• Comprehensive process auditing – every single process, including command line activity can be logged.
  • Malicious activity logging – interesting events that are indicative of malicious activity can be logged. This would include an executable in a users profile writing to a system process space.
  • Desired state assurance – capture instances where your desired state is deviated from e.g. an expected HIPS process is absent or an unauthorised process is run.

This decision may be guided by your existing defensive posture.   If you have a SIEM in place then this could ingest your sysmon logs. However, if you use a Messages per Second payment model, this could significantly increase your costs if you have configured sysmon for comprehensive process auditing.   It may be that you have SCCM deployed and you could configure this for process auditing and configure sysmon to capture malicious activity.  Another consideration is the ability to use Windows Event Forwarding to forward potential malicious activity logs to a collector whilst retaining process auditing logs on the original host.

Once you have decided on the objective of your sysmon deployment, you can configure the configuration file.   If you want to perform comprehensive logging you will need to create a configuration file that logs the following:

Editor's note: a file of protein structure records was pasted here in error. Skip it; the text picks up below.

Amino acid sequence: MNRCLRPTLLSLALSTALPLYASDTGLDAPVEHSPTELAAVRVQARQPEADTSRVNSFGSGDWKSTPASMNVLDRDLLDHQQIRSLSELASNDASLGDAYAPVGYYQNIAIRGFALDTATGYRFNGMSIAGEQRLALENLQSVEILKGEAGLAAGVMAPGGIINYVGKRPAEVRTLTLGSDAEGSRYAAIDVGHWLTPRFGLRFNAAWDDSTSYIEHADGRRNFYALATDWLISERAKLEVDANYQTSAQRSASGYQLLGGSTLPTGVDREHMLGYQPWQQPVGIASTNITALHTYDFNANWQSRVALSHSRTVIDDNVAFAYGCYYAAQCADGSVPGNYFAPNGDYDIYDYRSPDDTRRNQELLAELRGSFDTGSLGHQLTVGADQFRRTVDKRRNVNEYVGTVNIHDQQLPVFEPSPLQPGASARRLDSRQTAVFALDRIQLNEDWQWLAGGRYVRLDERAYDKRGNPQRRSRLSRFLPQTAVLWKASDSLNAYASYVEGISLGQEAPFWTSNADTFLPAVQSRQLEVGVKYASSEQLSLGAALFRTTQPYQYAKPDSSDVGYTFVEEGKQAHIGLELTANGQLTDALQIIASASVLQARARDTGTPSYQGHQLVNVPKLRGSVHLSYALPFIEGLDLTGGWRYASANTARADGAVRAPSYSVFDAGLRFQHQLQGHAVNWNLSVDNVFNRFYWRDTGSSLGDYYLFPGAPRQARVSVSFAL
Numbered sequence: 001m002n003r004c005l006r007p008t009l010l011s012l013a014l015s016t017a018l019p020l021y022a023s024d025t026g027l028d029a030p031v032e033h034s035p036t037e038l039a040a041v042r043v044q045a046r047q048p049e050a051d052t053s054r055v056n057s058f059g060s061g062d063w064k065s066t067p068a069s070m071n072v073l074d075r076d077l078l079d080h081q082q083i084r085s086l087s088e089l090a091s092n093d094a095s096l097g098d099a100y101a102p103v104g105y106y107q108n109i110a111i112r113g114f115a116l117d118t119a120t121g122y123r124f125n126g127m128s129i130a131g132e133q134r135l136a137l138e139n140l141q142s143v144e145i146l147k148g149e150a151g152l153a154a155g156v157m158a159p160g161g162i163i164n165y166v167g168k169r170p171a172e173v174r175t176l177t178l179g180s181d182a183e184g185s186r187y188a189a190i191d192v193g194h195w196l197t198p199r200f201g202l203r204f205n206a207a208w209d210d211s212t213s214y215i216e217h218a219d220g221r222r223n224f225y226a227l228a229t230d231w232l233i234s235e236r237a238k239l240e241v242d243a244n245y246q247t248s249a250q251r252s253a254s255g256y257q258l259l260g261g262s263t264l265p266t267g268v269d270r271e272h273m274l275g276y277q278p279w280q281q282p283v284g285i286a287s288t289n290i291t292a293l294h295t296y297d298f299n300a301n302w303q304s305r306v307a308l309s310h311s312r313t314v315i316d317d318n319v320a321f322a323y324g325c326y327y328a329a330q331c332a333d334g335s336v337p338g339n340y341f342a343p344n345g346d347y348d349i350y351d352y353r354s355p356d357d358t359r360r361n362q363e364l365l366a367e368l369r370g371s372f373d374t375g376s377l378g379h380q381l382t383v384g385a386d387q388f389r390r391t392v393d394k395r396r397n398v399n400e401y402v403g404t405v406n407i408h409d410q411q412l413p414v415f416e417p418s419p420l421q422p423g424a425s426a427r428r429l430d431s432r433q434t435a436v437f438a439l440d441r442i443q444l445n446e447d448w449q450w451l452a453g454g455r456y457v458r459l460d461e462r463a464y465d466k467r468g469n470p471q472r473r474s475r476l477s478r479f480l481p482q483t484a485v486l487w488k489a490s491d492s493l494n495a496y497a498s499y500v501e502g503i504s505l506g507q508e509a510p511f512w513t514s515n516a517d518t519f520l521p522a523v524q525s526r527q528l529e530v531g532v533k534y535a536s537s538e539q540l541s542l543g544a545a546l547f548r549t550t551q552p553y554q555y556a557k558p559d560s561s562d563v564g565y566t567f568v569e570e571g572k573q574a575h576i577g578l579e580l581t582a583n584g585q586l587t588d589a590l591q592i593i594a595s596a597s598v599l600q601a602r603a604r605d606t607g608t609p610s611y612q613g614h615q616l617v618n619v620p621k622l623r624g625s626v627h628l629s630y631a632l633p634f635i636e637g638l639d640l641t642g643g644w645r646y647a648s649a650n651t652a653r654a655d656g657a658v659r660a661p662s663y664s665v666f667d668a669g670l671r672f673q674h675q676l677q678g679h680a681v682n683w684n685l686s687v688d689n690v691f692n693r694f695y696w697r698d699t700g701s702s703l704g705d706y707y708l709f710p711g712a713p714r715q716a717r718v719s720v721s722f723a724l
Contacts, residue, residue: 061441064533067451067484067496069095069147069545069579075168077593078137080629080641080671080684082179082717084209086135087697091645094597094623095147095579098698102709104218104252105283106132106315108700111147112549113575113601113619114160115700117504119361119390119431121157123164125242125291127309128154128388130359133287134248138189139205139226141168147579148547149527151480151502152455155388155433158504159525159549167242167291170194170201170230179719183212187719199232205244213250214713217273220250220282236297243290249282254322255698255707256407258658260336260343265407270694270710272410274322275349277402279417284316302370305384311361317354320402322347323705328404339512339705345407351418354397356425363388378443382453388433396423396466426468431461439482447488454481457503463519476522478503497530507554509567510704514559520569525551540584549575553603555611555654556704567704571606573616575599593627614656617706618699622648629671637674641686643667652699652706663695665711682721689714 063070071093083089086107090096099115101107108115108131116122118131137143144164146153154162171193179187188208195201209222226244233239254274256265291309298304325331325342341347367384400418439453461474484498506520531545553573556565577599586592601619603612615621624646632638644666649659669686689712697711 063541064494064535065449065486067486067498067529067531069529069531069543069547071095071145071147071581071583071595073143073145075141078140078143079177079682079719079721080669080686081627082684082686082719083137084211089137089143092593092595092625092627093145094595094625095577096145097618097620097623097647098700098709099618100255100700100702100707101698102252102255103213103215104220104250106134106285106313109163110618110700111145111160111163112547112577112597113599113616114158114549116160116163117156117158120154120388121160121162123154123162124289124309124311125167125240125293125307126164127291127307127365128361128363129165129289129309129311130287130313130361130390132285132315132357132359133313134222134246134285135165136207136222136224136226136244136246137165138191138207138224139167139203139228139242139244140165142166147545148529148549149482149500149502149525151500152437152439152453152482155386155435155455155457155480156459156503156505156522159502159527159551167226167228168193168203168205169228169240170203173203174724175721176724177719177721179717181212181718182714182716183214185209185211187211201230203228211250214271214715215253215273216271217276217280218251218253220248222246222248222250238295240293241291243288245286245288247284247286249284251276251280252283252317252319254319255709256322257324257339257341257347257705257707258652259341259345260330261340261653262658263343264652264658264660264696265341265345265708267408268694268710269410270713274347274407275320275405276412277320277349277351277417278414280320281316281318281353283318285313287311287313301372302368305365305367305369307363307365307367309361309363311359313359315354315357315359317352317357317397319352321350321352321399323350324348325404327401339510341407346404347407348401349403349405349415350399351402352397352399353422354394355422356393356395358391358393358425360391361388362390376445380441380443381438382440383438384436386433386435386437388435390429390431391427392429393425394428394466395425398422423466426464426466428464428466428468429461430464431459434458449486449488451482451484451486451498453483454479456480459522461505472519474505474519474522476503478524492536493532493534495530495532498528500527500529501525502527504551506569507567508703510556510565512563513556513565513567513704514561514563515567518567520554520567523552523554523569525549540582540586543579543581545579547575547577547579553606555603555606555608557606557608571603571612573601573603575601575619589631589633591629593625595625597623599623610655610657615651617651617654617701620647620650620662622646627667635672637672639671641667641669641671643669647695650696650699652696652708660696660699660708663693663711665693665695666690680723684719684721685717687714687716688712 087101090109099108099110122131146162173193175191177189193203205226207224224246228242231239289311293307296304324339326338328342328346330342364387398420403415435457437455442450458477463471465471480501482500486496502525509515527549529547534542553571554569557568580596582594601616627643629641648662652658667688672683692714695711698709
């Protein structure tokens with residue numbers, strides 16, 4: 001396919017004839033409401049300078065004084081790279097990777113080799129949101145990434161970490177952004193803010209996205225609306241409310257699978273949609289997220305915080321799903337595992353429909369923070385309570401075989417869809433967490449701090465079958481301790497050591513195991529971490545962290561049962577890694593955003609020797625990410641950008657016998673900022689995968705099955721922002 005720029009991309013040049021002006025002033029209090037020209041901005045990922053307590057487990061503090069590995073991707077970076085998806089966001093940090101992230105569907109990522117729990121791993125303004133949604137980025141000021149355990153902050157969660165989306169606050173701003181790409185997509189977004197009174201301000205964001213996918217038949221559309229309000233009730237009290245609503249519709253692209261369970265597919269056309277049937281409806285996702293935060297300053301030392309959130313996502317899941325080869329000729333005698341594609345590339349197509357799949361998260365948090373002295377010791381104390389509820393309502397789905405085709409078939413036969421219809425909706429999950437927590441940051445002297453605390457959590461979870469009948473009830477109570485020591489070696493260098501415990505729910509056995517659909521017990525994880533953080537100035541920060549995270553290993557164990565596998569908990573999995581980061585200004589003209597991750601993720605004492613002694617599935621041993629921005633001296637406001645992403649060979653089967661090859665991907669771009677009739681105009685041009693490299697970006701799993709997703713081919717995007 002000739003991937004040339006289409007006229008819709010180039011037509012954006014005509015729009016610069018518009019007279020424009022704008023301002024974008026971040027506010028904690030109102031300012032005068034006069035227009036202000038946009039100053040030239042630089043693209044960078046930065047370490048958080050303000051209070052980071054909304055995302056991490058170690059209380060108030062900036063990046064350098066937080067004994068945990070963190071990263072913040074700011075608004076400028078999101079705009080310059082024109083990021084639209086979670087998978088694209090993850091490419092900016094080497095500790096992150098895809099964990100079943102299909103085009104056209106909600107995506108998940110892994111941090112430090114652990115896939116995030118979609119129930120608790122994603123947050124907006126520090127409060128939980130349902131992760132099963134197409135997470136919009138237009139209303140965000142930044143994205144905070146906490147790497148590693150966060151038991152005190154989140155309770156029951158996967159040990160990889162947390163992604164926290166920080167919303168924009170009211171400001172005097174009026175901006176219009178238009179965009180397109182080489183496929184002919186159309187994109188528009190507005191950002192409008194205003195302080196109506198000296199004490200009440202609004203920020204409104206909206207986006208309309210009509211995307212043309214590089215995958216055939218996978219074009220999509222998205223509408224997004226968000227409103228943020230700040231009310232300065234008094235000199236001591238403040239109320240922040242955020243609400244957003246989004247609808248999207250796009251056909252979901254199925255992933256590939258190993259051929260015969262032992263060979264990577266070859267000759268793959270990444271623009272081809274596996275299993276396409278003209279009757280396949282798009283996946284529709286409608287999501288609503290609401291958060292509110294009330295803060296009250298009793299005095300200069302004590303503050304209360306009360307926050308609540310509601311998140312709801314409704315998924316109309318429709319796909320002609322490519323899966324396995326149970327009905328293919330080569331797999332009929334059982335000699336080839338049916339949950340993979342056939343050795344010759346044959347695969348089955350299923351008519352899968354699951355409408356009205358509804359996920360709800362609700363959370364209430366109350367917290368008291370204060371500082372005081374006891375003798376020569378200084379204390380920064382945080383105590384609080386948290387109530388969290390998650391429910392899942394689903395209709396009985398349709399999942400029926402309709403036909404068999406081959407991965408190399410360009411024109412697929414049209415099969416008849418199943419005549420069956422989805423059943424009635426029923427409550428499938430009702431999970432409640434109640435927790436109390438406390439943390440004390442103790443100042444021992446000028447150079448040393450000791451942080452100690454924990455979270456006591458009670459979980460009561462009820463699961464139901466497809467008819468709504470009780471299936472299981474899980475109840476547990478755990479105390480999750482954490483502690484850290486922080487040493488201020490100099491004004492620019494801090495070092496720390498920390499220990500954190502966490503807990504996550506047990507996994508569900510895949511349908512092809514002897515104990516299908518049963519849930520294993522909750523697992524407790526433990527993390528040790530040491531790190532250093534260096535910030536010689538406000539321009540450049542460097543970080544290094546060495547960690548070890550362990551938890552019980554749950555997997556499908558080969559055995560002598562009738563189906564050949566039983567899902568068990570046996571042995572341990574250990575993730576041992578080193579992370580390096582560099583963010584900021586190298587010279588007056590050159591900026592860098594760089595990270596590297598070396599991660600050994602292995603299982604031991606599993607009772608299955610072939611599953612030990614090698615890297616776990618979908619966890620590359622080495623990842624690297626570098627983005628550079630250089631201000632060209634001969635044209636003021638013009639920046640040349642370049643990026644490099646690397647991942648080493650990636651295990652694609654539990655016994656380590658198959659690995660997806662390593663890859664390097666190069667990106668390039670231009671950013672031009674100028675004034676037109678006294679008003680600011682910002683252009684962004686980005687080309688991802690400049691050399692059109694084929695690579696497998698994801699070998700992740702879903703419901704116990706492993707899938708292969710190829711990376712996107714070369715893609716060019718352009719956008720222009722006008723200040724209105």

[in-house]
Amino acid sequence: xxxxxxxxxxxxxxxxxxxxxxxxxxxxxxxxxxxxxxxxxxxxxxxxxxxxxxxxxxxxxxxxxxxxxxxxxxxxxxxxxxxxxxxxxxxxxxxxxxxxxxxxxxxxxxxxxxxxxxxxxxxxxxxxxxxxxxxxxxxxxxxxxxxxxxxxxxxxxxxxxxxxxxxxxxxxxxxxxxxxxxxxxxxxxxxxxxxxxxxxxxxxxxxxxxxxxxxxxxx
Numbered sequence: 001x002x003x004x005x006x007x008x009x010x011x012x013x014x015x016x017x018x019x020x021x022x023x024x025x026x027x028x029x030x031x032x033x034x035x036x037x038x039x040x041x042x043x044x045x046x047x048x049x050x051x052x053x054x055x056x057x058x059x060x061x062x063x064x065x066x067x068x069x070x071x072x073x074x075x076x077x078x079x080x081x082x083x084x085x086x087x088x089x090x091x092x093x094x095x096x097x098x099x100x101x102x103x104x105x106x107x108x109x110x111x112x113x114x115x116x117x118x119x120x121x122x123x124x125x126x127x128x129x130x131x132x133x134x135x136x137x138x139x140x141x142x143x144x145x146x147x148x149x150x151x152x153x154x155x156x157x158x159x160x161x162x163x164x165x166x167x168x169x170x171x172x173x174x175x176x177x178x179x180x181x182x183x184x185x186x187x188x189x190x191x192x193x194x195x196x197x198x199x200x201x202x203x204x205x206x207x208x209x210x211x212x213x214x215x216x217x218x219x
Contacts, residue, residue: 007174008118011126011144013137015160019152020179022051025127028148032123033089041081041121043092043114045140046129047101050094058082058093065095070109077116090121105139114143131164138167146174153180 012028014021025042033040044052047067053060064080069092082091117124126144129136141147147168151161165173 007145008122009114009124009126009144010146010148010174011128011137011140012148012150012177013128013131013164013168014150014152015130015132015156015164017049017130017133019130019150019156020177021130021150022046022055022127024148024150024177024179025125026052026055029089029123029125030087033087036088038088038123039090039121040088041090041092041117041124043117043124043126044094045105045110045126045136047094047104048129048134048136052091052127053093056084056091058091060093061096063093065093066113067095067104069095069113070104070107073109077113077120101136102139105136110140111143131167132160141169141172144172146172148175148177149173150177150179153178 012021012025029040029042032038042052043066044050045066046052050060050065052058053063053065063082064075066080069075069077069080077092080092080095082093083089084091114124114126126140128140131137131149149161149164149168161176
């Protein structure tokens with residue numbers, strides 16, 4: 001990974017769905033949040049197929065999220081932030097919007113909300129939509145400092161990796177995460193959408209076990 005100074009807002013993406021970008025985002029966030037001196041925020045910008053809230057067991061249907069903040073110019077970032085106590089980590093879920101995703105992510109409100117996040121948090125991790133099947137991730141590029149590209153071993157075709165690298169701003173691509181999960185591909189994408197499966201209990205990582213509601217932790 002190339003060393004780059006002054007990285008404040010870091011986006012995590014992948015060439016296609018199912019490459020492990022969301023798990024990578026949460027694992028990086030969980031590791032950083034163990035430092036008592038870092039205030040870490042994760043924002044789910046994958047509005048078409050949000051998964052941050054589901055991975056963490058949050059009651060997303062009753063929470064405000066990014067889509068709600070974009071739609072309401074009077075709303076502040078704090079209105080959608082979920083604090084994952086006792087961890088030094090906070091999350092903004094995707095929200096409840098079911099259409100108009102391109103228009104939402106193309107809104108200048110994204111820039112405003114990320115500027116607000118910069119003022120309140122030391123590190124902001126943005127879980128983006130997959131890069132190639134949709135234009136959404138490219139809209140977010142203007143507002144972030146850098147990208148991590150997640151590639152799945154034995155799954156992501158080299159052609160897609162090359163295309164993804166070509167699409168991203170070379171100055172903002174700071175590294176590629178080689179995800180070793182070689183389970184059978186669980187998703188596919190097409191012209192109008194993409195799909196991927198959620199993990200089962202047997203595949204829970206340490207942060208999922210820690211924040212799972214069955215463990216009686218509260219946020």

• All process creation events
  • All network connections
  • All loaded drivers
  • All image loading

If want to capture malicious events, you will be more interested in logging the following event types:

  • Command line or PowerShell processes
  • Suspicious network events e.g. those going to port 80/443 that aren’t initiated by a web-browser, email client, chat client etc.
  • Unusual instances of process injection
  • Unusual instances of a process accessing another process

In these circumstances you will need to establish what is “normal” in your environment.   Process injection and process access is used legitimately by a number of non-malicious processes.  You will need to discover what those are by deploying sysmon with a configuration file that captures all of those types of events, then exclude the events that occur normally in your environment (after you have confirmed that they aren’t malicious!).